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The Royal Air Force demonstrated its global capabilities to 130,000 people at the Royal International Air Tattoo (RIAT) at the weekend.
Nearly 30 RAF aircraft joined around 160 aircraft from 20 other nations at RAF Fairford in Gloucestershire on 20 and 21 July, including the iconic Red Arrows, which performed a stunning ‘Best of British’ display with a British Airways Airbus A380, the world’s largest commercial airliner.
During the show, a 617 Squadron Tornado GR4 from RAF Lossiemouth, near Inverness, flew alongside a historic Avro Lancaster from the RAF Battle of Britain Memorial Flight in a salute to mark the 70th anniversary of the squadron’s legendary ‘Dambuster Raids’.
Other RAF aircraft at the show included the Voyager – the new strategic tanker aircraft which will support the RAF’s ability to conduct air transport and air-to-air refuelling worldwide – and the Typhoon, the mainstay of the RAF’s homeland defence and strike capabilities. Ground-based RAF assets included crews from the RAF’s global communications and bomb disposal units, and a team from No 1 Air Control Centre, the Service’s mobile tactical air command and control unit.
Also meeting members of the public were hundreds of members of the Royal Air Force Reserves specialising in intelligence, medical evacuation, media operations and movements, completing a line-up of regular and reserve RAF units which stand ready to deploy worldwide at short notice in support of the UK’s defence needs.
The RAF’s new strategic transport/tanker aircraft, Voyager, operated in partnership with AirTanker, is one of a fleet of RAF aircraft that enable the Service to transport people and equipment around the world swiftly in support of operations and humanitarian aid missions.
The aircraft, which is able to refuel 2 fast jets at the same time, while carrying passengers, is supported by a crew of up to 12, including 2 pilots. It can carry up to 291 passengers and 110 tonnes of fuel.
When Voyager is on operations it will be able to refuel both the Tornado GR4 and the Typhoon, enabling the aircraft to stay in the air longer in order to protect troops and civilians from the sky.
10 Squadron, which operates the Voyager aircraft, is manned by both regular pilots and sponsored reservists.
Sponsored reservists work under an agreement between MOD and a contractor – in peacetime work is carried out by civilian contractors and in an operational environment they employ sponsored reservists trained in the necessary military skills.
Flight Lieutenant Keith Dyer was an RAF pilot before becoming a pilot for a civilian airline, and is now a sponsored reservist working with AirTanker:
We have a very good working relationship with our regular colleagues,” he said. “When we first got AirTanker it was totally new to the RAF and so we used the experience from the civilian world. Now we work together in harmony.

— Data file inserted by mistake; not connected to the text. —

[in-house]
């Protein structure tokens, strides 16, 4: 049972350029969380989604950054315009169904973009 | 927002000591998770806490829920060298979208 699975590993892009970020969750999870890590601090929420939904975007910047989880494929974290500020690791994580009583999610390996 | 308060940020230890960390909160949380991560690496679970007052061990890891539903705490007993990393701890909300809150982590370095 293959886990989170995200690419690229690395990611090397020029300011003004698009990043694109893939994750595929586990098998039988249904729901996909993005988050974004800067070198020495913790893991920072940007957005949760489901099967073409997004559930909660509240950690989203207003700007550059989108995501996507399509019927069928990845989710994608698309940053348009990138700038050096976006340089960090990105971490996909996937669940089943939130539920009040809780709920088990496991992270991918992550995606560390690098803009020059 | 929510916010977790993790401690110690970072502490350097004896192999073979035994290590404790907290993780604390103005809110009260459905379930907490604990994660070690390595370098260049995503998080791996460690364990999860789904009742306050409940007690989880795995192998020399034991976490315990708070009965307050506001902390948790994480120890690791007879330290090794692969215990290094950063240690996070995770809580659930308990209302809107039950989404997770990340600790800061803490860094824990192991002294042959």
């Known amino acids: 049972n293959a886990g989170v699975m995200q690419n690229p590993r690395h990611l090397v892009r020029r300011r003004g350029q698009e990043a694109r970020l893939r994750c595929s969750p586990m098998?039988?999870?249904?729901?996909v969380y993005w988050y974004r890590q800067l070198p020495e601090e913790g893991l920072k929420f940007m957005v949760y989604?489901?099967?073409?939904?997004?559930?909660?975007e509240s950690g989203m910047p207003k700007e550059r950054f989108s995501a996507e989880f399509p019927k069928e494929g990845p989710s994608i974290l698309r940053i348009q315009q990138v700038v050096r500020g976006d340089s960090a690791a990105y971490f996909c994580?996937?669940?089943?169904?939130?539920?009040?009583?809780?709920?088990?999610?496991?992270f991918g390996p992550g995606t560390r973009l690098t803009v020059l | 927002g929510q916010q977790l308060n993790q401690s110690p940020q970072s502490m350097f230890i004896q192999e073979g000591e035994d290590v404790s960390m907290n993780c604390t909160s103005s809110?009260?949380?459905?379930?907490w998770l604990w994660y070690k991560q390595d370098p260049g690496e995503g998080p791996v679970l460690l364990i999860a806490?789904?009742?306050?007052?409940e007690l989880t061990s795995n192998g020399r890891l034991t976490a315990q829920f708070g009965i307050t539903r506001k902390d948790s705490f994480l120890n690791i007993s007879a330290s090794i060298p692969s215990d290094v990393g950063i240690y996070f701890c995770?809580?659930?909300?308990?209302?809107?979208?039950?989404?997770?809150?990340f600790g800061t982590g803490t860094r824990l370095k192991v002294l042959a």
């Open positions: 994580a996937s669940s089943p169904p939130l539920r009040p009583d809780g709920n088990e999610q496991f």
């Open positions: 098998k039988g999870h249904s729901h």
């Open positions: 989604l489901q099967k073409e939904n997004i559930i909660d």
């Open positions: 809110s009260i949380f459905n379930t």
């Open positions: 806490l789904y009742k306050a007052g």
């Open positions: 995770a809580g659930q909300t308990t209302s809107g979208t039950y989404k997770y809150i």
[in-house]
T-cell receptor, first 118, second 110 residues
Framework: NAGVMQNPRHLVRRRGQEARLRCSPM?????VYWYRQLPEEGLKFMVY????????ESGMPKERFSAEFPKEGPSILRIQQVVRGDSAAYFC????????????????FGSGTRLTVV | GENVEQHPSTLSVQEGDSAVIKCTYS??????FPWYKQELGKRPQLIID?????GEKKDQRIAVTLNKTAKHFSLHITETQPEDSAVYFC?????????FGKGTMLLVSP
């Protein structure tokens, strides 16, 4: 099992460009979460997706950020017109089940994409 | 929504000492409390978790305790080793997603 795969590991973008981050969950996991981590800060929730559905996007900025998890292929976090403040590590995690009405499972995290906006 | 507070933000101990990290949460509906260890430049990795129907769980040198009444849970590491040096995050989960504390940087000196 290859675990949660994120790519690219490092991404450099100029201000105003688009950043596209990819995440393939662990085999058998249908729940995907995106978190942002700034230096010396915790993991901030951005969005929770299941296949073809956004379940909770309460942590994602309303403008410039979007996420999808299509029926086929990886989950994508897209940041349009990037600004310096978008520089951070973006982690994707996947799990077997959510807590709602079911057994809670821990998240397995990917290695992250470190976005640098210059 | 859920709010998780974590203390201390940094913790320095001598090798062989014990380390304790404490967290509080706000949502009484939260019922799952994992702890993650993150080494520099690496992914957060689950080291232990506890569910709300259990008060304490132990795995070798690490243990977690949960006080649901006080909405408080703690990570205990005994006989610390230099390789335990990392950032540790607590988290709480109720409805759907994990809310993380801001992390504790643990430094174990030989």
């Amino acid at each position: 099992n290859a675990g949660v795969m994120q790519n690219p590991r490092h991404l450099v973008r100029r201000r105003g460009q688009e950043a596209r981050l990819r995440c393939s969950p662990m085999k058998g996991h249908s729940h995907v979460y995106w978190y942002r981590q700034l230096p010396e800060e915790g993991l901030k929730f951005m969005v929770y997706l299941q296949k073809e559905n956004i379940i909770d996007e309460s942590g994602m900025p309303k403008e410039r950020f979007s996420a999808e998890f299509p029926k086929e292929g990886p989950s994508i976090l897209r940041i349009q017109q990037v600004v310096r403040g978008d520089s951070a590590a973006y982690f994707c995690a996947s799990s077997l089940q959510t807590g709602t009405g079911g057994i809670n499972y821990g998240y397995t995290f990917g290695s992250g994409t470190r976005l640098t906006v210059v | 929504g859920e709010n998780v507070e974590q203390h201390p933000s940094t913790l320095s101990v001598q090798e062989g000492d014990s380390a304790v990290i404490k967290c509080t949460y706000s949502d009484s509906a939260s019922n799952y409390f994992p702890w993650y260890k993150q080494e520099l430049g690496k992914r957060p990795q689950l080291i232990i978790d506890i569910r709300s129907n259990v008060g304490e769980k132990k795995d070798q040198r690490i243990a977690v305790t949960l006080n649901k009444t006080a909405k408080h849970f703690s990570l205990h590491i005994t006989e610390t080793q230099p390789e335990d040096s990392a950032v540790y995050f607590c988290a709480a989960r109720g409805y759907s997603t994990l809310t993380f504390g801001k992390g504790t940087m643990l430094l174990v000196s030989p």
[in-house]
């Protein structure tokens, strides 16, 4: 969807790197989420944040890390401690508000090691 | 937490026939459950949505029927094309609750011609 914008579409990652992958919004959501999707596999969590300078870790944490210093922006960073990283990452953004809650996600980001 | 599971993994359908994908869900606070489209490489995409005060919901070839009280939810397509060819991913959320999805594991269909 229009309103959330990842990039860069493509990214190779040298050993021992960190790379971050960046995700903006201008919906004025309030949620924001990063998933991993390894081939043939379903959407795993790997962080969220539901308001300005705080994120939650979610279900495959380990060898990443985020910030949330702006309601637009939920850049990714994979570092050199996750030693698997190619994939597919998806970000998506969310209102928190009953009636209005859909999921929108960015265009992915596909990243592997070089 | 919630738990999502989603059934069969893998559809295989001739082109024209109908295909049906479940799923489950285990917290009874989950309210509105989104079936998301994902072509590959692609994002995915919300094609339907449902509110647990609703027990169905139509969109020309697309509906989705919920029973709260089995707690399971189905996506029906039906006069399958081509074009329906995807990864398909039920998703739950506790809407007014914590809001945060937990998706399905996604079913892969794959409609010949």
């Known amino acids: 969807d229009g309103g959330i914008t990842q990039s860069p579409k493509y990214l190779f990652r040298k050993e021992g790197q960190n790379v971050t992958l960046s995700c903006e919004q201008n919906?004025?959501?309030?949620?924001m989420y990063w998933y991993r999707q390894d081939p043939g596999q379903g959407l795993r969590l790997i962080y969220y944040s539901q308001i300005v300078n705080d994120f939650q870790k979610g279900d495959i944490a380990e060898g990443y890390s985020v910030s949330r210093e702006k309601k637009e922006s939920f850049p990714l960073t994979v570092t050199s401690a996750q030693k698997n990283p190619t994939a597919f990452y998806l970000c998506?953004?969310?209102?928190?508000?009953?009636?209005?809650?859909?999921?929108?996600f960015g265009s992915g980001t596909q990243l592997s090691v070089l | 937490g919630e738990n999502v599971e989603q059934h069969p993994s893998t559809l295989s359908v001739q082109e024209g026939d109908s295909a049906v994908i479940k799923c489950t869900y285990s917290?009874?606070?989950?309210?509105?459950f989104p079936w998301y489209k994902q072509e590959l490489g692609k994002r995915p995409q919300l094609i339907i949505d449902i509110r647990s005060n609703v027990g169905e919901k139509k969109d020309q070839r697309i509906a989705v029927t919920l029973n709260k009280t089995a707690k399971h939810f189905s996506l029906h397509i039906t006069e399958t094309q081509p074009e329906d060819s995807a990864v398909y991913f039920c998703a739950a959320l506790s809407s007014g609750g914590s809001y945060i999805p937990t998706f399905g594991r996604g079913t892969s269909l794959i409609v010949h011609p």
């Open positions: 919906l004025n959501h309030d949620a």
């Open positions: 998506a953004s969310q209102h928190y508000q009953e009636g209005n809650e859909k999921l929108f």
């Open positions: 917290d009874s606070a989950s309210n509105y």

This year aircraft from 5 of the Royal Air Force’s 6 operational Typhoon squadrons were at RIAT, where visitors were treated to a display of the Typhoon’s incredible power and agility by Flight Lieutenant Jamie Norris, who flies as the Typhoon display pilot with 29 Squadron – the Typhoon’s operational conversion unit:
Typhoon is an incredible weapons platform,” said Flight Lieutenant Norris. “Its thrust is incredible, and coupled with its carefree handling characteristics it’s just a phenomenal aircraft to fly, with incredible endurance for fighting in and out of the battle.
As well as putting on a thrilling display with their Tornado GR4 aircraft, 617 Squadron – the ‘Dambusters’ – were keen to talk to members of the public about their heritage and the challenges they face as they prepare to deploy to Afghanistan later this year.
Weapon Systems Operator (WSO) Flight Lieutenant Jim Roughton will be heading to Afghanistan for the third time, and says he’s impressed by the progress he’s seen there:
We notice progress from a different perspective,” he said, “because we can look down on the battlefield. We can see that patrols now consist mostly of Afghan National Security Forces.
Seeing that transition is great, and we can also see the difference in the effect we’re being asked to provide – more surveillance and reconnaissance, and less offensive action.
Flight Lieutenant Alex Lock is a junior WSO, having completed his flying training with 15 Squadron in June 2012:
Flying this aircraft is an amazing privilege,” he said. “It makes a massive difference in Afghanistan; I don’t think any other aircraft comes close to what it can do.
I feel honoured to be heading to Afghanistan with 617 Squadron in such a special year, and can’t wait to get started on operations.
From bouncing bombs to lightning strikes
In 1943, 617 Squadron played a vital role in the Second World War by staging the famous Dambuster Raids, destroying strategic dams in Nazi Germany. This year, the squadron invited its veterans to meet the people who serve under the same badge today.
Flight Lieutenant Lock said:
In this 70th anniversary year we’re all in awe of the commitment, skill and bravery of the squadron’s founders. We have a lot to live up to, and it’s an honour to be following in the footsteps of the original Dambusters and all the other airmen, airwomen and aircrew who’ve served with 617 Squadron over the last 70 years.
On Friday, 19 July, the RAF announced that 617 Squadron would be disbanded in 2014, reforming in 2016 as the first operational RAF squadron to fly the new F-35 Lightning II fifth-generation short take-off and vertical landing multi-role supersonic stealth aircraft.